After seven days in the ICU, he was moved to a regular room. He left the ICU because he was eating and having bowel movements, and they said people in the ICU with Covid don't eat or go to the bathroom. I told them he never quit eating or having bowel movements at home. In the new hospital room, he continued to get better, and they planned to release him on January 27, 14 days after arriving. But, he had to pass a stress test with no food or water after midnight. They came and got him around 10 AM for the examination and brought him back to the room around noon. At this time, he had gone 12 hours with no food or water. At 2 PM, we were waiting on the doctor to say he could have water or food. At 4 PM, we were still waiting, and then he had to get up on the mobile toilet to have a bowel movement. His blood sugar dropped, and he was nauseous, still having had no food or water. We are 18 hours into the “test” and still no water or food. They gave him a low dose of Prozac at my request to calm him down, and he went to sleep.
When I returned the following day, he had gone 34 hours with no food or water; he was delirious with a fever, and they moved him back to ICU. This was Thursday, January 27. He went to the ICU and I waited to go in to see him when the head ICU nurse came into the hall and told me to go sit in the waiting room because I was bothering people in the hall. They told me it would be 20 minutes and then I could see him; it was 90 minutes before they let me in his room. The head nurse had so much anger in her eyes. I totally ignored her and waited in the hall. When getting to his room with the food I brought him, the nurse proceeded to tell me he was septic and could not eat. He ate anyway in front of her and within two hours, his fever went from 102 to 97.8.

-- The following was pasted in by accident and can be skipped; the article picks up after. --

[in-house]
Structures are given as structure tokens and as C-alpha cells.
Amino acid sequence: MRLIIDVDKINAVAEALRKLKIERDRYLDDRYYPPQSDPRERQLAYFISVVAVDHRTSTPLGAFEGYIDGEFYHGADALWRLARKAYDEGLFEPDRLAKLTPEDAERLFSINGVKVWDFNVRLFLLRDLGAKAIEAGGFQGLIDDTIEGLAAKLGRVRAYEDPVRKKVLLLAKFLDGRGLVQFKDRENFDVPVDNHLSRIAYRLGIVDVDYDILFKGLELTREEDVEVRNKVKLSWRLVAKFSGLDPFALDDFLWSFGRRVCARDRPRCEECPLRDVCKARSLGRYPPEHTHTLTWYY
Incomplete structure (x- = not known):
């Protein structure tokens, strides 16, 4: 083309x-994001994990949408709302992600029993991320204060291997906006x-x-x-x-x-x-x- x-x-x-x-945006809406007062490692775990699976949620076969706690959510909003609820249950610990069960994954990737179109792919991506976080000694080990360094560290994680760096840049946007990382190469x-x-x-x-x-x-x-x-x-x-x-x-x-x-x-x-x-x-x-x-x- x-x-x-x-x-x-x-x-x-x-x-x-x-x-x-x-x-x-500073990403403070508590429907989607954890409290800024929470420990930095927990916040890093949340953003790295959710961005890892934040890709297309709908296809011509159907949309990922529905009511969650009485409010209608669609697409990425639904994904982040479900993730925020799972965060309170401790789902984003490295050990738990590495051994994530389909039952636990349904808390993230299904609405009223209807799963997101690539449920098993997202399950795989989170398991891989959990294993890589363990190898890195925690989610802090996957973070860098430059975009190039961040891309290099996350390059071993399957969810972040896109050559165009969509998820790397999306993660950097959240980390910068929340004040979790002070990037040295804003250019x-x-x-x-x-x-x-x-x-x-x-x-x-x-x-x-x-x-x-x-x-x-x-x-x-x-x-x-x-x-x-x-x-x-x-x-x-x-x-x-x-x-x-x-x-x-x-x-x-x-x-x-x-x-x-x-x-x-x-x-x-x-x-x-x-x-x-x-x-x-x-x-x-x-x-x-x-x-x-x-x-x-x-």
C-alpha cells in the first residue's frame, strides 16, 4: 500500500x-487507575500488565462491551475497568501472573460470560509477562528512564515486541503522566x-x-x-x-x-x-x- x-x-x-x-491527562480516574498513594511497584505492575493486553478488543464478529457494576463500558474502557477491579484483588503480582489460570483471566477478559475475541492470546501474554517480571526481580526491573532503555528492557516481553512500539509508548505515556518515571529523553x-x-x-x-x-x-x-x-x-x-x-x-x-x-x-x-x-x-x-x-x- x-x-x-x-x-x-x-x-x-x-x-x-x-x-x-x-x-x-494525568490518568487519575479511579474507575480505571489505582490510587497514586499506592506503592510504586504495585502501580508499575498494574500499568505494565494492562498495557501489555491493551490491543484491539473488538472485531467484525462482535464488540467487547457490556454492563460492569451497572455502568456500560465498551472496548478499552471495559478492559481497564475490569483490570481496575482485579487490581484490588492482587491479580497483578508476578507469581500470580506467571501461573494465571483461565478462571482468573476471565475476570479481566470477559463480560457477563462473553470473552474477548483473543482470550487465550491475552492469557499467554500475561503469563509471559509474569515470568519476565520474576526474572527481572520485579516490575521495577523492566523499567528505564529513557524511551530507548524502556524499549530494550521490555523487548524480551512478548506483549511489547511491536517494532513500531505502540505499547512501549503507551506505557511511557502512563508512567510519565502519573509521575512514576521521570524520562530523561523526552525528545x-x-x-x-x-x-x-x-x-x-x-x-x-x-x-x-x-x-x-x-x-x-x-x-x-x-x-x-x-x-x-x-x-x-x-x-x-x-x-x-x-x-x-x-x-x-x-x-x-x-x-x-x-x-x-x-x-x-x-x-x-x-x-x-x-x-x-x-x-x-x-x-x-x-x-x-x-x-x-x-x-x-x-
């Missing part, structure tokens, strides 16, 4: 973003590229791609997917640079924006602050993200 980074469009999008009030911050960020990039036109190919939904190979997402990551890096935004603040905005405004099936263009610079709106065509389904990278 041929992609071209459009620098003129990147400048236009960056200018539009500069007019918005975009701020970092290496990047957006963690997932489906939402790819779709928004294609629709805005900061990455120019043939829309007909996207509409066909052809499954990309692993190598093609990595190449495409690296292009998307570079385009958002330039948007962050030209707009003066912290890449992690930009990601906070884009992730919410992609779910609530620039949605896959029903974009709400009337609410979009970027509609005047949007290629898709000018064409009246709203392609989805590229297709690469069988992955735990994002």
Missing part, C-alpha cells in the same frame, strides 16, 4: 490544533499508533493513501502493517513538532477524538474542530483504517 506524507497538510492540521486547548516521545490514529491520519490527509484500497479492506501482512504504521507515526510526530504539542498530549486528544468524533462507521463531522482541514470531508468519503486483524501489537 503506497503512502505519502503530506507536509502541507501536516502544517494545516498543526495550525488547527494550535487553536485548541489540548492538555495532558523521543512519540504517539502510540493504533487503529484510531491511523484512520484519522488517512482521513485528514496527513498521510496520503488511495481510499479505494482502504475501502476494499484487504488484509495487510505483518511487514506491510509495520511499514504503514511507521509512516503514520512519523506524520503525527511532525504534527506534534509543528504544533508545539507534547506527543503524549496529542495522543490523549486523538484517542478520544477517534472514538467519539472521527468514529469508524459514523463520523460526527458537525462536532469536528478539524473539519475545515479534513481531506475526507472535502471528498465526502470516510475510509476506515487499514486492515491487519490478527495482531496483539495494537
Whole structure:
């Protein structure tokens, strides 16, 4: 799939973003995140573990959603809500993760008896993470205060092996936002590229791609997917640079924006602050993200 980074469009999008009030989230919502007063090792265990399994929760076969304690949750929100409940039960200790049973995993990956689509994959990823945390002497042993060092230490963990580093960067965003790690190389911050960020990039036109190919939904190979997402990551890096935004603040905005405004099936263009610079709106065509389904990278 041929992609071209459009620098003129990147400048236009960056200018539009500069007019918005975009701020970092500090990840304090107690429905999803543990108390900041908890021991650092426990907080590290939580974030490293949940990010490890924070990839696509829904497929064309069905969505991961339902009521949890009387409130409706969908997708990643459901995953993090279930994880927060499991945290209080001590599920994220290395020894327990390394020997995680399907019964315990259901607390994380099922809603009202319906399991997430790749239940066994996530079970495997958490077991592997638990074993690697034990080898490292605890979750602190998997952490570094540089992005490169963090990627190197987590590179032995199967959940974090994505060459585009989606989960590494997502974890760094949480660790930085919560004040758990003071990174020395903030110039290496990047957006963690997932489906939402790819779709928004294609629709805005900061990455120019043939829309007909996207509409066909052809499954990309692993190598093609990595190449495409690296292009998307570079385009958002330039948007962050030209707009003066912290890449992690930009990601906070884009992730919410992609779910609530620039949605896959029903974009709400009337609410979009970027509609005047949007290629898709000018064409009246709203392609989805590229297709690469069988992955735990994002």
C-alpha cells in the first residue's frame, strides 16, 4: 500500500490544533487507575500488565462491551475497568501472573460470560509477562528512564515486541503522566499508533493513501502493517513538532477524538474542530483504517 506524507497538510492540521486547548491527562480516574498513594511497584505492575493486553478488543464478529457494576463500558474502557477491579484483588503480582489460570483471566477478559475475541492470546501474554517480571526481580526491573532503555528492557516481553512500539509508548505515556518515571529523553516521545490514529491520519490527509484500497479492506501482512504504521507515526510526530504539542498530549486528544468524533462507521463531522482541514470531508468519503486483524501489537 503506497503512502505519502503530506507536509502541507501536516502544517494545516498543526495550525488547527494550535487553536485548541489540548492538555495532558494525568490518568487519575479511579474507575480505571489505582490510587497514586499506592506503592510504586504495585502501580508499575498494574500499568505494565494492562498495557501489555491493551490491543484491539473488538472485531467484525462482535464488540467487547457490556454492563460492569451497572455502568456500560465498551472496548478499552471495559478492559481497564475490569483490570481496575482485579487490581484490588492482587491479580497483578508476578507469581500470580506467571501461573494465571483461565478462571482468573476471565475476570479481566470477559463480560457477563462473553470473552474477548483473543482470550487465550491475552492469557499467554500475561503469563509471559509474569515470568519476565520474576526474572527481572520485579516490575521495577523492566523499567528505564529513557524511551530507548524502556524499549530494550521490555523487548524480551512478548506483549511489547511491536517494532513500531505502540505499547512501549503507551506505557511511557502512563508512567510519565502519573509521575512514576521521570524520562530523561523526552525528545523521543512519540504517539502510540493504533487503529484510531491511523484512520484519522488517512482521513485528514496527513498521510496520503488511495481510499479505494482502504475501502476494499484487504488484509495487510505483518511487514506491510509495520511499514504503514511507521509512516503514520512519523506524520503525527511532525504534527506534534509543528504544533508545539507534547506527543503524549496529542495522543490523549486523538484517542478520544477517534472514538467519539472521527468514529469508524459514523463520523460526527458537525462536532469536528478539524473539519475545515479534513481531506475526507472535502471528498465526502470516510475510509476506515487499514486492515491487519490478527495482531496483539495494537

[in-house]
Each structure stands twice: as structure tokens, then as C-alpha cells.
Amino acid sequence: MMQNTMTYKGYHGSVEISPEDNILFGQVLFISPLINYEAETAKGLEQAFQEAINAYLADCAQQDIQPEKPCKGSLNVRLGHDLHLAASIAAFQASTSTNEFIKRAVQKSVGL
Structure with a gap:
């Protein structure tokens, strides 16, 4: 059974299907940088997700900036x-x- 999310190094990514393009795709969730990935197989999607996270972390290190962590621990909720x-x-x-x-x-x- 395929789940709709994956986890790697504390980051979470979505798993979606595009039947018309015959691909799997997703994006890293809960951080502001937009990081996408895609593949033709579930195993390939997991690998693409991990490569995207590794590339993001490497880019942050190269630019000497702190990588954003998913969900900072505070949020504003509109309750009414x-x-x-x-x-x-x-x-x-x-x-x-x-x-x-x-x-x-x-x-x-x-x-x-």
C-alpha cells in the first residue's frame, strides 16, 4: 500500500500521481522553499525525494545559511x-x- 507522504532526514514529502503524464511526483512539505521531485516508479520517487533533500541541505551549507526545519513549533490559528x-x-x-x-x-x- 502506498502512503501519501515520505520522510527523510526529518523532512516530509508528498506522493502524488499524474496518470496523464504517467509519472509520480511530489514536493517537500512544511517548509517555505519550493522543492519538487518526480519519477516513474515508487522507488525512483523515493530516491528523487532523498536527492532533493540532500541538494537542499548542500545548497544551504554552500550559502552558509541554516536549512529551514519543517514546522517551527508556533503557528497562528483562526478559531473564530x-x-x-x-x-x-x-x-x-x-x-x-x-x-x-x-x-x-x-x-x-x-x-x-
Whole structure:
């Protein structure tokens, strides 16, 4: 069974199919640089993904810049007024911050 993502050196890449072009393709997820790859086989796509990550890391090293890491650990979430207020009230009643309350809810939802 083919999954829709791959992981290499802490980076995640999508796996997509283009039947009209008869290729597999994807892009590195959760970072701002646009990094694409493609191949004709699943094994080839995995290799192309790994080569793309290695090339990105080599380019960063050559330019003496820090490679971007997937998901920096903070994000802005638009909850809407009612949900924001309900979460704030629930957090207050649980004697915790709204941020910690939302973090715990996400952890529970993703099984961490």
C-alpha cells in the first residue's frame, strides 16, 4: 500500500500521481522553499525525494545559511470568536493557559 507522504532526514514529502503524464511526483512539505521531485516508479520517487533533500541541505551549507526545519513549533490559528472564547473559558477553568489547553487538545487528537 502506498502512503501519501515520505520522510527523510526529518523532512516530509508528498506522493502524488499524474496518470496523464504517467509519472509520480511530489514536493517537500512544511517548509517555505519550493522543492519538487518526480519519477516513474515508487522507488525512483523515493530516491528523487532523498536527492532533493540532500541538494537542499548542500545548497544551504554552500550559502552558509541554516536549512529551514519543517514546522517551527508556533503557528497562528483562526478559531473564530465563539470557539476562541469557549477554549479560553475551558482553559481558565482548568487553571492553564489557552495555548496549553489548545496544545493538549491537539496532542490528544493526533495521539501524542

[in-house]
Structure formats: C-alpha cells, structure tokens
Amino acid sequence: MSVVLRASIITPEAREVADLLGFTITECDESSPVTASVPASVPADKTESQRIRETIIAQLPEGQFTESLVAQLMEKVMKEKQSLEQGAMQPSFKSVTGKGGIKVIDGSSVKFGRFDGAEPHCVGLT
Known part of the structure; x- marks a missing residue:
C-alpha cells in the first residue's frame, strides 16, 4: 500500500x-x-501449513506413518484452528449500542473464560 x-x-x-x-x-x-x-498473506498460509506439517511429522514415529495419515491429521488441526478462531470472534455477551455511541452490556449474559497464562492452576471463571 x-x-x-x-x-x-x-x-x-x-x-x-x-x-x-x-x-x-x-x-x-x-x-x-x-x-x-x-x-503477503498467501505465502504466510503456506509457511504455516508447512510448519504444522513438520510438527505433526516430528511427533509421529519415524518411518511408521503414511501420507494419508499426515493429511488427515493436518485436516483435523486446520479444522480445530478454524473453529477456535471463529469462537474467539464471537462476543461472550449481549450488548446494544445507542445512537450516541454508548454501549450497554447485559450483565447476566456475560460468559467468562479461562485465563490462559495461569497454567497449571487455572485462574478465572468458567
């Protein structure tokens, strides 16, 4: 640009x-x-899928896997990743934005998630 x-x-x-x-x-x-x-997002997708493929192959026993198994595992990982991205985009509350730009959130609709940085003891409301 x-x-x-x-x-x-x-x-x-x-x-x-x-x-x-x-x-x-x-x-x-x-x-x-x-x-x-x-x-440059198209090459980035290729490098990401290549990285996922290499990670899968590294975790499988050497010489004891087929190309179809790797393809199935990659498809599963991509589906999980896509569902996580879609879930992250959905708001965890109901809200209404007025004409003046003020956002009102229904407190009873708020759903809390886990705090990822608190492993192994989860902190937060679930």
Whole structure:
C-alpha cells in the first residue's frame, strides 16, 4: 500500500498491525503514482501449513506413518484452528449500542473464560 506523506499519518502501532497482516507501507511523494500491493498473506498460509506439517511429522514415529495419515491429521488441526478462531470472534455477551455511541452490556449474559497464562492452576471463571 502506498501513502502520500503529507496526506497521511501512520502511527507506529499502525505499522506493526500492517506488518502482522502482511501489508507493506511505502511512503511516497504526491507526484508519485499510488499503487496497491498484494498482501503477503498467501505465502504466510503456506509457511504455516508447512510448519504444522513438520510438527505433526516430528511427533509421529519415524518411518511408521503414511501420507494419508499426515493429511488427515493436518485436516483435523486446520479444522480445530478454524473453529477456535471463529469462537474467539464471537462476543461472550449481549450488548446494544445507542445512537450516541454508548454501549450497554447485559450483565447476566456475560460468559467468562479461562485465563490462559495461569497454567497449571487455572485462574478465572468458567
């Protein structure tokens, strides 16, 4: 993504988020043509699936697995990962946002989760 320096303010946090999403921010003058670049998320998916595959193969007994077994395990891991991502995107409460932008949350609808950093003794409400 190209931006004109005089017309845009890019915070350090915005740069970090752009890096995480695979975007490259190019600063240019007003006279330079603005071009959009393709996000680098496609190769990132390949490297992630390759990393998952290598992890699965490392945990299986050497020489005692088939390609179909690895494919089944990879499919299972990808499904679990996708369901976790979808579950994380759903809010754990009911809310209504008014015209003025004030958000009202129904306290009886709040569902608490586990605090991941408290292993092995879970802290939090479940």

Better Off At Home
“He also contracted E-Coli and a urinary tract infection, which he had never had in his life.”
They took him down for an MRI to make sure his kidneys were okay. They did their first lung x-ray in over 2 weeks. The nurses asked me to step out of the room for the x-ray. While in the hallway I heard all of the ICU nurses laughing loudly about how much money the hospital gets for the tests. On Saturday, January 29, they moved him back to the regular room. On Sunday he insisted to the doctor that he go home the next day and let his wife take care of him because I had been taking care of him in ICU and the regular room ten hours a day, anyway.
He also contracted E-Coli and a urinary tract infection, which he had never had in his life. We asked for water, cough syrup, and Kleenex and had to wait four hours for a nurse to answer the call. His room was dirty, never cleaned, and crap on the toilet for days. He called the front desk because he needed to get up to go to the bathroom. No one came so he got up himself, and pulled his catheter out. On Monday, January 31, the urologist came in with a heavy-duty antibiotic to take for 14 days, and the oxygen was set up to be delivered that evening.
Healing At Home
I took him home around 4 PM. He climbed the stairs to the second floor. I continued to take care of him and he was off oxygen on February 14 and went to his youngest granddaughter's birthday party on February 16. He went back to the church that weekend. In May he went back to work a couple of hours a day and now he is almost fully recovered.
When I look back, I could see him getting sicker and sicker in the hospital. At home, he has improved daily with supplements, fluids, exercise, and continuing to move. In my opinion, he was an easy target, 76 years old, and a positive Covid test.